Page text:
Indonesia faces a delicate balancing act of pursuing stability, reforms and growth as it attempts to shield itself from a potential U.S. interest rate hike later this year, the country's finance minister told CNBC.
"Whatever is going to happen with the normalization [of U.S. monetary policy], we in Indonesia have to be ready," Bambang Brodjonegoro told CNBC at the 18th annual Credit Suisse Asian Investment Conference in Hong Kong. "That's why our priority right now is to provide a sequence of reforms in order to strengthen our economy."
So far, economic reforms have failed to convince investors of Indonesia's stability amid expectations for a U.S. rate hike. The rupiah has tumbled to its weakest level since the 1998 Asian financial crisis in recent weeks, making it one of the worst performing emerging market currencies this year.
"Of course we are concerned about the value of the rupiah. The central bank will do their part, in terms of monetary policy, but in our part, we are trying to come up with a set of fiscal policy actions, like trying to reduce the current deficit that has been the main reason behind the weakening rupiah,"Brodjonegoro said.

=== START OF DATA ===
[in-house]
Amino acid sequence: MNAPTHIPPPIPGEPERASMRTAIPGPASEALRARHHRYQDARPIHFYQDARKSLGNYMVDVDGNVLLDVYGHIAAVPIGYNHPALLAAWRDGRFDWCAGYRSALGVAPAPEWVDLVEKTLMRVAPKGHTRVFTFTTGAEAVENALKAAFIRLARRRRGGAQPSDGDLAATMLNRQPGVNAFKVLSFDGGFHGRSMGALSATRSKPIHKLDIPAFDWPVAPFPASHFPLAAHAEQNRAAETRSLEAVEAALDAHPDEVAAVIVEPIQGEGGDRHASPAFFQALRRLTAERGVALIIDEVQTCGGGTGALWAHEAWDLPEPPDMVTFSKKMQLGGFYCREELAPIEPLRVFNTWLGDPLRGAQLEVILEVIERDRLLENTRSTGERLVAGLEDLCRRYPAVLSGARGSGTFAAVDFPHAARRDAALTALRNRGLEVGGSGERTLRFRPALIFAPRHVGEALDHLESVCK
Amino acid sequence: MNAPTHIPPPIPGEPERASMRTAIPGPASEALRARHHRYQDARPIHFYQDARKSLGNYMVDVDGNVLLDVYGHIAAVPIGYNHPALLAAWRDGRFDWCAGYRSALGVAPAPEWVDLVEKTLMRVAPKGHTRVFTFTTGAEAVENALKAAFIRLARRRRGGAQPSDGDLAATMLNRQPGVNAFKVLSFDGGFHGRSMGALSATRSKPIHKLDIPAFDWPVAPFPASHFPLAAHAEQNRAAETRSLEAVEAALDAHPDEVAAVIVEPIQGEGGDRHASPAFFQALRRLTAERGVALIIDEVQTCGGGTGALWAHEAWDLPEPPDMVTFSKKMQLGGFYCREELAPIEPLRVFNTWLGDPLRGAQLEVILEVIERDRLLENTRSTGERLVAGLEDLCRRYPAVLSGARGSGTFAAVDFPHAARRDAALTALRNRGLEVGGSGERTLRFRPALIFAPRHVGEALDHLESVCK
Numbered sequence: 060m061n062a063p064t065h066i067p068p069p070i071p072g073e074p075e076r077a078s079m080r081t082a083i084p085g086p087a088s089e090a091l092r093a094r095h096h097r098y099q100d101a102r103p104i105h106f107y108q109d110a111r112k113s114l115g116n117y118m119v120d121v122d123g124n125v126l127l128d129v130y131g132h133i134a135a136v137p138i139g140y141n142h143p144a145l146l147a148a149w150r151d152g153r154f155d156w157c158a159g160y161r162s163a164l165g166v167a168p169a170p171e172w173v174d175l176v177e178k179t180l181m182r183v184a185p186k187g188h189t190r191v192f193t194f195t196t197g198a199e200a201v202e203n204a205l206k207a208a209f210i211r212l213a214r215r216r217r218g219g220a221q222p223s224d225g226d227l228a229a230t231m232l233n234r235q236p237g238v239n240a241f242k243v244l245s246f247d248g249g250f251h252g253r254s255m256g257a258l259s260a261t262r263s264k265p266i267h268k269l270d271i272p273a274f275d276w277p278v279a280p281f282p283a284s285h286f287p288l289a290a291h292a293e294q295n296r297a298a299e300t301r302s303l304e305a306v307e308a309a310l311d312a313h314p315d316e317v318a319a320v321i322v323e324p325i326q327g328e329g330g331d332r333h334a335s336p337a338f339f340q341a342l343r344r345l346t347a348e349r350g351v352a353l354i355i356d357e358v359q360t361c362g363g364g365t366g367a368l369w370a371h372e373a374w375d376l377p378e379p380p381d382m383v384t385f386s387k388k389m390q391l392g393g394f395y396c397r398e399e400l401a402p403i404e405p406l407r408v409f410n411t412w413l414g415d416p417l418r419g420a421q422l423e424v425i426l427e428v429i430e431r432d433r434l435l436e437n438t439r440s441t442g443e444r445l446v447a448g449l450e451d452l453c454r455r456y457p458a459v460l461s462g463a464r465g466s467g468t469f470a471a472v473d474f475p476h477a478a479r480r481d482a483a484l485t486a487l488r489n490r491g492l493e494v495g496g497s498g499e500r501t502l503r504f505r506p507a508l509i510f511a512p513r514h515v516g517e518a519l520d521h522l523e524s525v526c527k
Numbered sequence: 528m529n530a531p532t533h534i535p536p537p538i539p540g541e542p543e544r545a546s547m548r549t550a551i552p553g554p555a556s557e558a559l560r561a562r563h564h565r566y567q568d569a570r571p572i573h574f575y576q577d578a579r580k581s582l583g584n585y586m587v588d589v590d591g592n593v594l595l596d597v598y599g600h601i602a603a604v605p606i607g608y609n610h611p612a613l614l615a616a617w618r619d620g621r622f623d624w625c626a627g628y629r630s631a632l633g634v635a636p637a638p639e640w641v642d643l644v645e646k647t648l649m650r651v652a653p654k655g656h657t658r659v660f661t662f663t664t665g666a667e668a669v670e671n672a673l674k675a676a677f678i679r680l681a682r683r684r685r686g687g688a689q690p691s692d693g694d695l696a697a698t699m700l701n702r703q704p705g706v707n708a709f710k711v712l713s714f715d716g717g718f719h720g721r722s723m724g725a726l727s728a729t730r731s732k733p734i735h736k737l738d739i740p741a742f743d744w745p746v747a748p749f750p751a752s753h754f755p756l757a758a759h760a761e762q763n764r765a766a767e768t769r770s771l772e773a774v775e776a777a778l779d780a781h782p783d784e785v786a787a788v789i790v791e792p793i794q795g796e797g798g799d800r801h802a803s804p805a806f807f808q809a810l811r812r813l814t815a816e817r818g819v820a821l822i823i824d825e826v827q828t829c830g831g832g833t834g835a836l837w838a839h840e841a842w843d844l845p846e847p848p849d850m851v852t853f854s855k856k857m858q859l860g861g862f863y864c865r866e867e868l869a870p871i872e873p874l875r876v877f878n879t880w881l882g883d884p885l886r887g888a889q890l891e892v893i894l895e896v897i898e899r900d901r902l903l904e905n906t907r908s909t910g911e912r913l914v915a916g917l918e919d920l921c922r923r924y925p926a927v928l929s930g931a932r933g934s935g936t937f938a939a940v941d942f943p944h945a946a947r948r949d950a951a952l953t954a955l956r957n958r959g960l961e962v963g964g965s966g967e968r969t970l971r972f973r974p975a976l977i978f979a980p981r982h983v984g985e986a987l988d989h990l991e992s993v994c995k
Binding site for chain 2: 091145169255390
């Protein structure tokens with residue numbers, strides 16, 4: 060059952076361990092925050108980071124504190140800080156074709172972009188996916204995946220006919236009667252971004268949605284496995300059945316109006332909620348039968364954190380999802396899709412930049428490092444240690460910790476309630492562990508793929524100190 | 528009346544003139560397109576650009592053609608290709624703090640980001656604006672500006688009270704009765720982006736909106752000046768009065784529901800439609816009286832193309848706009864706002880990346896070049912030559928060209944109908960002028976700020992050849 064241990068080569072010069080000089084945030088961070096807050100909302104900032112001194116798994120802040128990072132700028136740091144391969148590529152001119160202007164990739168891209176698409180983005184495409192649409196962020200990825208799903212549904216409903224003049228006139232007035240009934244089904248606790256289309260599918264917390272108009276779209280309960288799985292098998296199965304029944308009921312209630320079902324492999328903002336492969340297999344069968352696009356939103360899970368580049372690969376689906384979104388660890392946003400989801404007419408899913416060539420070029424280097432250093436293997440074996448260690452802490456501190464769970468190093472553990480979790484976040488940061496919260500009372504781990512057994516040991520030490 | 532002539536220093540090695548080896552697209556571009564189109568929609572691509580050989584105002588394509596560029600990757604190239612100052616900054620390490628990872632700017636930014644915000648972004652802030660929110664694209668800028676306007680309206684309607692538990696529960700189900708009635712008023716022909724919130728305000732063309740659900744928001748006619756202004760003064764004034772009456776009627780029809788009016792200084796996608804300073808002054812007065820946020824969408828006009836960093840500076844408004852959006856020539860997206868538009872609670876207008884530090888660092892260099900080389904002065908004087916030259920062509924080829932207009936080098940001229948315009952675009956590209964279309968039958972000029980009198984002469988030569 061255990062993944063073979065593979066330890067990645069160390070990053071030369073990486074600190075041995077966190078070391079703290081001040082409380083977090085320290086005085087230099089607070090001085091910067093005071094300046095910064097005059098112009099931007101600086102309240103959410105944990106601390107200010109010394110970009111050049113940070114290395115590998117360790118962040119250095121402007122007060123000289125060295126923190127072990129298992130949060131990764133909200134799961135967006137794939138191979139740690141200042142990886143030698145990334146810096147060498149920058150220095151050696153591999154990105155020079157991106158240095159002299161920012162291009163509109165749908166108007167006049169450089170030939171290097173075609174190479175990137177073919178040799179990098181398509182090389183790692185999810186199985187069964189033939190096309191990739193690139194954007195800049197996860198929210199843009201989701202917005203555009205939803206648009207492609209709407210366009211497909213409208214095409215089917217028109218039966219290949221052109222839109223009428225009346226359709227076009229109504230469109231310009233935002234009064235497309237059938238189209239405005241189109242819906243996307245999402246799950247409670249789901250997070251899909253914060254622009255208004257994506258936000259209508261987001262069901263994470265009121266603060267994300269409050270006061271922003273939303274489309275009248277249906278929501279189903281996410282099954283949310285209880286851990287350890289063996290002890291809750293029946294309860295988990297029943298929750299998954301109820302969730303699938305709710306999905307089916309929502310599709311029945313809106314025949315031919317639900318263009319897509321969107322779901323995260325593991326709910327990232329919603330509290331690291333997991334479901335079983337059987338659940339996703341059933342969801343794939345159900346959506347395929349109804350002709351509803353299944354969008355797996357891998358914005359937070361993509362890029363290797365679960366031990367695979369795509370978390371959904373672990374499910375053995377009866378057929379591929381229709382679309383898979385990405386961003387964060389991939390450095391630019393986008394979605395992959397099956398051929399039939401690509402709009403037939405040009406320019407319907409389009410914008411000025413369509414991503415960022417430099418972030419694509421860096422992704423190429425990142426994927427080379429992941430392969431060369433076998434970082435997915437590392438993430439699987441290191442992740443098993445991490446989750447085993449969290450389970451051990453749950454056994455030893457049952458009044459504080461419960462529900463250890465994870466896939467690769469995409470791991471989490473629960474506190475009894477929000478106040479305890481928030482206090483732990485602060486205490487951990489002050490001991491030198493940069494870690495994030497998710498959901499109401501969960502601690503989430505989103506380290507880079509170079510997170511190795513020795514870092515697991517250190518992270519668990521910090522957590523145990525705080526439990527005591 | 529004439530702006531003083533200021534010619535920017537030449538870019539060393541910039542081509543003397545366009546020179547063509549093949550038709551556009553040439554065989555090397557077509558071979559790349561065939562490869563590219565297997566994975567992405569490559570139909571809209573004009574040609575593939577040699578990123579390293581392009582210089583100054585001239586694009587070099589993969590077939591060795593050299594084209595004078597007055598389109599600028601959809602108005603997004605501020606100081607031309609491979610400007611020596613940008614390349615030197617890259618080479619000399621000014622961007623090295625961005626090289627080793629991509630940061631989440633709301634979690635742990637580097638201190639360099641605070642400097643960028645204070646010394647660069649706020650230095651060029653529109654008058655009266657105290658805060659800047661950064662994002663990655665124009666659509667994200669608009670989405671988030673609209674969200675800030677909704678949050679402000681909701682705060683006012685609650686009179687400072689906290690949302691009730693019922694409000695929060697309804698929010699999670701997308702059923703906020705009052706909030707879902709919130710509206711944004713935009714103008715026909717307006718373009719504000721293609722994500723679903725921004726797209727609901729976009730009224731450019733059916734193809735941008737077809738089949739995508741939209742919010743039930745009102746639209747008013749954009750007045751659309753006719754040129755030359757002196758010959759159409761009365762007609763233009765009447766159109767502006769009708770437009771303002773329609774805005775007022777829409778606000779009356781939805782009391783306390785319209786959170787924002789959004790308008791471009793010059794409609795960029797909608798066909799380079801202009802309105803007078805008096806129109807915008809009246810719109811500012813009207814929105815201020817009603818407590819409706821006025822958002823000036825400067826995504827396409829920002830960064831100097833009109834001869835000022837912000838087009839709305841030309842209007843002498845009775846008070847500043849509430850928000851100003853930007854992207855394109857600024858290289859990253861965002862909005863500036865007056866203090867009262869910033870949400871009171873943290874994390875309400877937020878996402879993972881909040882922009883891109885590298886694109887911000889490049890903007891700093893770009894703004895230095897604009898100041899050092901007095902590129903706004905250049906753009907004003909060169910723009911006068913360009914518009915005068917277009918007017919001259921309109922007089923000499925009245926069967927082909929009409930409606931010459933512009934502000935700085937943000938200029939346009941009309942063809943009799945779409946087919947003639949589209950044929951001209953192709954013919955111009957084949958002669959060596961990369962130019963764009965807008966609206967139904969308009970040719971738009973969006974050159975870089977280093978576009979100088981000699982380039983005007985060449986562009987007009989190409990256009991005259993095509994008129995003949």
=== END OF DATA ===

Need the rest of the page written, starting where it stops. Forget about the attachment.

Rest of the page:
Some of the fiscal policies Brodjonegoro alluded to include anti-dumping taxes to reduce imports as well tax allowances for exporters, which has prompted debate among economists since a cheaper currency is a positive for the country's exports. Indeed, Jakarta has posted three straight months of trade surpluses this year.
"If you look deeper in the structure of our trade balance now, both exports and imports have been slowing down, especially on the imports… What we are trying to prevent now is a [further] slowing down of the economy," the minister said.
Data for 2014 showed gross domestic product hitting a five-year low, presenting a dilemma for the central bank. Bank Indonesia left interest rates steady last week following an unexpected cut in the previous month due to the rupiah's slide, but experts warn that further easing may be needed to boost growth.
Capital concerns remain a worry, Brodjonegoro added. Indonesia is highly dependent on overseas investments, with roughly 40 percent of its national debt held by foreign bond holders.
"Our concern is more on the possibility of sudden reversal, when the Federal Reserve increases their rate. That's why we are trying to maintain the macroeconomic stability, strengthening the fundamentals, in order to deal with any hiccup from a Fed rate hike," Brodjonegoro said. "But at the same time, we need to grow especially since 2015 is the first year of the new government."
While Brodjonegoro is definitely anticipating a U.S. rate hike this year, he expects the increase to be small.